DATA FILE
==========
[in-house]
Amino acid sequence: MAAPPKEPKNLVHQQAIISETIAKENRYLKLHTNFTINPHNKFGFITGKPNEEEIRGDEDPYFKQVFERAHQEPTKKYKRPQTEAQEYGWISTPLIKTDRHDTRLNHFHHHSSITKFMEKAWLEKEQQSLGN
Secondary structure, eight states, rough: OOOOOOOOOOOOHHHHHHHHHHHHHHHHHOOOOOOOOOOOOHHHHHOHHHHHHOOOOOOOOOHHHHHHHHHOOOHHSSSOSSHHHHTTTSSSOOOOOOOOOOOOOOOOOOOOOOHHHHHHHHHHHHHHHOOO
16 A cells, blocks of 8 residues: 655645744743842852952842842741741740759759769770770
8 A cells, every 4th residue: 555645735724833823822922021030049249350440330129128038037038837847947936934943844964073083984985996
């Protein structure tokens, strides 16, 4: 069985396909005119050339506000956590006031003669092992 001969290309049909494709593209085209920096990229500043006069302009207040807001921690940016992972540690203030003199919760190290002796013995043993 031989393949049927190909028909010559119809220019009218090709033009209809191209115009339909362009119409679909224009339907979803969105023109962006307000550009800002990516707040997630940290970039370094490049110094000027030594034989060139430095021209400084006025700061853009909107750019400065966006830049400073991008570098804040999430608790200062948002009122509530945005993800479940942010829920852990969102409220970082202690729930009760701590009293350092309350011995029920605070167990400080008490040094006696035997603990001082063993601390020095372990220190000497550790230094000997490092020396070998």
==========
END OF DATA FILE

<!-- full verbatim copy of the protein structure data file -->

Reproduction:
[in-house]
Amino acid sequence: MAAPPKEPKNLVHQQAIISETIAKENRYLKLHTNFTINPHNKFGFITGKPNEEEIRGDEDPYFKQVFERAHQEPTKKYKRPQTEAQEYGWISTPLIKTDRHDTRLNHFHHHSSITKFMEKAWLEKEQQSLGN
Secondary structure, eight states, rough: OOOOOOOOOOOOHHHHHHHHHHHHHHHHHOOOOOOOOOOOOHHHHHOHHHHHHOOOOOOOOOHHHHHHHHHOOOHHSSSOSSHHHHTTTSSSOOOOOOOOOOOOOOOOOOOOOOHHHHHHHHHHHHHHHOOO
16 A cells, blocks of 8 residues: 655645744743842852952842842741741740759759769770770
8 A cells, every 4th residue: 555645735724833823822922021030049249350440330129128038037038837847947936934943844964073083984985996
């Protein structure tokens, strides 16, 4: 069985396909005119050339506000956590006031003669092992 001969290309049909494709593209085209920096990229500043006069302009207040807001921690940016992972540690203030003199919760190290002796013995043993 031989393949049927190909028909010559119809220019009218090709033009209809191209115009339909362009119409679909224009339907979803969105023109962006307000550009800002990516707040997630940290970039370094490049110094000027030594034989060139430095021209400084006025700061853009909107750019400065966006830049400073991008570098804040999430608790200062948002009122509530945005993800479940942010829920852990969102409220970082202690729930009760701590009293350092309350011995029920605070167990400080008490040094006696035997603990001082063993601390020095372990220190000497550790230094000997490092020396070998």